Transport costs

The study found that some IB leads believed certain rural characteristics were very relevant to IBs and might be key in other rural areas. The IB leads raised the necessity of being careful about contingency planning because alternative resources may not be readily available. They recognised that meeting transport costs was a problem for people accessing support but also for home care and personal assistant staff. In some areas, service users might find it difficult to recruit and their choices would be restricted. Such factors might make the support planning process longer.

The IB leads gave views about what new forms of social care might be fostered by personalised support. These included the paying of neighbours, friends or care workers to stay in older people’s homes and provide respite care, lunch clubs run in pubs, or individuals becoming involved as care workers through informal recruitment routes.

The possibilities for local social enterprises were seen as greater in rural areas than in urban and of more importance, given a possible decline in bulk contracts with larger social care agencies.


Generally, rural areas have older populations than their urban equivalents. This means they are an important part of rural communities, being key resources as carers, volunteers, good neighbours and community activists (as well as local politicians).

There was a lack of comparative information on older people’s needs for social care support in urban and rural areas. It is often suspected that rural areas may have different patterns of provision and that their populations may experience greater difficulty getting the help that they require. Local networks may be fragile if certain supports, such as subsidised transport or buildings, are removed.

This study supports the idea that the local context of personalisation is important and there may be specific rural issues to consider. But it also underlines the great variety of rural areas and the diversity of older people living in them. Also there is a need to consider other service users and carers in rural areas such as some younger people, who may be more isolated, stigmatised or have fewer resources on which to draw.

Policies that argue for greater choice, control and flexibility, such as personalisation, may be welcome in both rural and urban communities.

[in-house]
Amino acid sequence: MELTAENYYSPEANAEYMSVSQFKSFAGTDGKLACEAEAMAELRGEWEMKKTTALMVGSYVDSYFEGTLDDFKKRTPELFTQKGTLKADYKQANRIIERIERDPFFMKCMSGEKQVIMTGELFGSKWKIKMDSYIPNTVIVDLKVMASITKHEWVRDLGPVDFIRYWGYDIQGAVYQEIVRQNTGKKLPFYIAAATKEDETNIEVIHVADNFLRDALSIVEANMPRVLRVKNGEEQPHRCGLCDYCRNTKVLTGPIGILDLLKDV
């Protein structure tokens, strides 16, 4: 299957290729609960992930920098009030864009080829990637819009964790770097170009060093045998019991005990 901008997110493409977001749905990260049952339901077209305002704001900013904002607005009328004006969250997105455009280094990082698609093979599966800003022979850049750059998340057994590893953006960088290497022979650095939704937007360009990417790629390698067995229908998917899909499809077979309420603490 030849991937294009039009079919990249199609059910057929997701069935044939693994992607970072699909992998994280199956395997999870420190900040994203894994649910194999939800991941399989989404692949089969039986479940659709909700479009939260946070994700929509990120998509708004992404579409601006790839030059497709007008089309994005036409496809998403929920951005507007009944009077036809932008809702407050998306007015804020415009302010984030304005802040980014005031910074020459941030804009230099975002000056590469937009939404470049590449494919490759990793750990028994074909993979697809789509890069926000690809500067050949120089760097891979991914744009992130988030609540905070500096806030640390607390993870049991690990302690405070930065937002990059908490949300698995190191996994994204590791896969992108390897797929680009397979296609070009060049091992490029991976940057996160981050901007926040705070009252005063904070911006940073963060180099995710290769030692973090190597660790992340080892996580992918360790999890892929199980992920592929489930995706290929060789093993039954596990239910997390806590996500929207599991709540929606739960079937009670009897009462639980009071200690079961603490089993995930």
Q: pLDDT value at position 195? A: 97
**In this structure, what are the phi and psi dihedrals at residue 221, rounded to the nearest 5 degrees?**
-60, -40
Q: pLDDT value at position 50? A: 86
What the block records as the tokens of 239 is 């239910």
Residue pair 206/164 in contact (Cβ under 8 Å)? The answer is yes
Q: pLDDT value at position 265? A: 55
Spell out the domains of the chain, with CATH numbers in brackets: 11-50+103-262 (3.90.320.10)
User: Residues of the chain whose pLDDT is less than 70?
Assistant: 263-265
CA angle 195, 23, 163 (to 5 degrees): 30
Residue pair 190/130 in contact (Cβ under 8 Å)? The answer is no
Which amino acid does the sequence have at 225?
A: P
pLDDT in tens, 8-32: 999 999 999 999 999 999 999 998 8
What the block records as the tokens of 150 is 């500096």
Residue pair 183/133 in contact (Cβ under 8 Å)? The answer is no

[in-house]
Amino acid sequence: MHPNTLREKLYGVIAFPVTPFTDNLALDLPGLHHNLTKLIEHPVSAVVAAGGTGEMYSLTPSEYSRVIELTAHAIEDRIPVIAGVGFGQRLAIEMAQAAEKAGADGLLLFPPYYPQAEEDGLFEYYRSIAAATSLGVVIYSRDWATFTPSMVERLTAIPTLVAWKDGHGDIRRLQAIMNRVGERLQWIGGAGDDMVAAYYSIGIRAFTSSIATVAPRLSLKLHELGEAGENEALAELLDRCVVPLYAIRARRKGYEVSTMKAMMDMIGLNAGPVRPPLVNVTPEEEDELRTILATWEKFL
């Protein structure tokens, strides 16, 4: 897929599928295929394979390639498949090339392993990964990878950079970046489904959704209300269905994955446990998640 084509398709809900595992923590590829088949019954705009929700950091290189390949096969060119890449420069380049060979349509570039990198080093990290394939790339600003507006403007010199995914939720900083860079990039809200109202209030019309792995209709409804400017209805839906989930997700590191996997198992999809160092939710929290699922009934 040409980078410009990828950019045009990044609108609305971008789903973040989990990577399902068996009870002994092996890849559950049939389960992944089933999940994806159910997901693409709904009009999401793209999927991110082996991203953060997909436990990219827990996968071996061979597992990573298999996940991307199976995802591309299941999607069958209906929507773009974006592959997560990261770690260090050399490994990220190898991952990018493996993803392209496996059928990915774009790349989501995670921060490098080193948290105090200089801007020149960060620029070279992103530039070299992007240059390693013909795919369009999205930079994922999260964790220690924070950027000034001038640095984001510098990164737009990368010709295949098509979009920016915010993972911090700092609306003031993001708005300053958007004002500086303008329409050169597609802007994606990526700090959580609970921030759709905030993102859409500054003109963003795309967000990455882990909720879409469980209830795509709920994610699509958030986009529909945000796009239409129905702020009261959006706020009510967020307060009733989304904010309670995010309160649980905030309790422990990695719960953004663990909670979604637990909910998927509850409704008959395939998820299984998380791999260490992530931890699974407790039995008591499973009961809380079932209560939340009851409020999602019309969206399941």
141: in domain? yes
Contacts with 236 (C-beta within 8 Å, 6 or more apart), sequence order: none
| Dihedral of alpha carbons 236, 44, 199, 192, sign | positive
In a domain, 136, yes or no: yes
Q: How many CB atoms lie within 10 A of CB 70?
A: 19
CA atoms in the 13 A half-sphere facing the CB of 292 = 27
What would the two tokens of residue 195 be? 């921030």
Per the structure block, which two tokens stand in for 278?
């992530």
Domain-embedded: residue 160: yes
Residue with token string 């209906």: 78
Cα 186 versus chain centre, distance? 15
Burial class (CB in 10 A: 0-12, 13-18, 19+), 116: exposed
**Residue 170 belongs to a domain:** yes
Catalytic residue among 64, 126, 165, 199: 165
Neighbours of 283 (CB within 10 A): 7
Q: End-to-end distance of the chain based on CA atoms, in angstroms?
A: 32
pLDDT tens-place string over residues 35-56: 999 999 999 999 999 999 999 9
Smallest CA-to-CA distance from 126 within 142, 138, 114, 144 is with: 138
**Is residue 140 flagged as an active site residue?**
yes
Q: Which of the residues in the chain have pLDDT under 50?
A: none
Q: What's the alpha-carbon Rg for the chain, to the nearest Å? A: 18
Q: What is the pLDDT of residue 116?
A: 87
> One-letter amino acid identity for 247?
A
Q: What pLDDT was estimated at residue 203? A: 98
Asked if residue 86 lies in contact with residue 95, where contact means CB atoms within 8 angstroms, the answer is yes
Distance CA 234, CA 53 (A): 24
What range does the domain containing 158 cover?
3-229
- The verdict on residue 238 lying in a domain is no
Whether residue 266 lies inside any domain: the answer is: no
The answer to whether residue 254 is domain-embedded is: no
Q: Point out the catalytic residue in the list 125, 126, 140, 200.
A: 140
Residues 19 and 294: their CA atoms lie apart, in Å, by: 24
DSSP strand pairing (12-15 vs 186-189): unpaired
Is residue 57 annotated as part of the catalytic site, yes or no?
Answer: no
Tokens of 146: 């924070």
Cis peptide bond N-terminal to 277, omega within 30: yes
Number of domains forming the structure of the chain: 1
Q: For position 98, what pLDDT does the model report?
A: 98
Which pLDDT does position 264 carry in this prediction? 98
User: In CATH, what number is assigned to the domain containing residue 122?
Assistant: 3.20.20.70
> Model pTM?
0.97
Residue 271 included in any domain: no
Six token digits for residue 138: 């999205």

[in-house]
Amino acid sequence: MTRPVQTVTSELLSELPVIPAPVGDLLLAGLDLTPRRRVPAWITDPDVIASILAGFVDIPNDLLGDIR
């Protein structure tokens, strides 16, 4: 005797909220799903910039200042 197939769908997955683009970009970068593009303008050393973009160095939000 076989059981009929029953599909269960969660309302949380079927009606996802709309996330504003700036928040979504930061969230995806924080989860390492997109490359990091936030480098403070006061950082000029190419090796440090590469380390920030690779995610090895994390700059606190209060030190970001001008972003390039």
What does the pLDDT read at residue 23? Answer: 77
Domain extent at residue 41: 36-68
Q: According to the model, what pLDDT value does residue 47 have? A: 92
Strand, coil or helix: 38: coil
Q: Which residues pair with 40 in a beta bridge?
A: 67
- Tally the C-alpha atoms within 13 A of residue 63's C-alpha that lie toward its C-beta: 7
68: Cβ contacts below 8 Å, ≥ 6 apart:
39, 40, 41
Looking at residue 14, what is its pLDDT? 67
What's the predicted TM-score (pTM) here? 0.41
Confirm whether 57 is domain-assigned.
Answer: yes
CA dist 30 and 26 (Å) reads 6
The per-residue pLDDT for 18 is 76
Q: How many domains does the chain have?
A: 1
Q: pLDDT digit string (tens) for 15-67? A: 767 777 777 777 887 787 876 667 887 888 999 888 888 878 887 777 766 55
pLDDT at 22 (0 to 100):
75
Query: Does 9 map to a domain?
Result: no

The rural impact of these new nationally driven models of service delivery is unclear and there is a risk that it may be over-generalised. This makes it timely to collect information at several levels, using the information from service providers and community representatives as well as other harder or quantitative data. The views and experiences of those helping to implement change in rural communities are also valuable, since they may have much to tell others about change and system re-engineering.


Personalisation goes beyond personal budgets and it will be important for social care in England to be aware of the transformation agenda’s impact on rural communities.

This will require greater attention to what we mean by rural and possibly more sophisticated definitions, using terms such as remote to better define areas where populations are sparse and settlements are few.

Rural social care services may benefit from personalisation and the impacts may well differ between rural communities. But to know who benefits and at what cost we must look at the importance of context on local outcomes.

Social work practitioners in rural areas can contribute to this evidence base and use it to develop their practice.


For practitioners

What resources do rural areas have that may help personalisation?

For older people’s groups

Local councillors have contacts and networks beyond social care interests and may be useful conduits for information from social care and to social care commissioners and providers. Are they being well informed?

For community workers

Local councillors have contacts and networks beyond social care interests and may be useful conduits for information from social care and to social care commissioners and providers. Are they being well informed?

For local government members

Local councillors have contacts and networks beyond social care interests and may be useful conduits for information from social care and to social care commissioners and providers. Are they being well informed?

For researchers

Rural and remote communities’ particular circumstances have not always been taken account of in social care studies.

Jill Manthorpe is professor of social work and director of the Social Care Workforce Research Unit, King’s College London

Published in the 23 October 2008 edition of Community Care magazine with the headline Rural Areas and Personalisation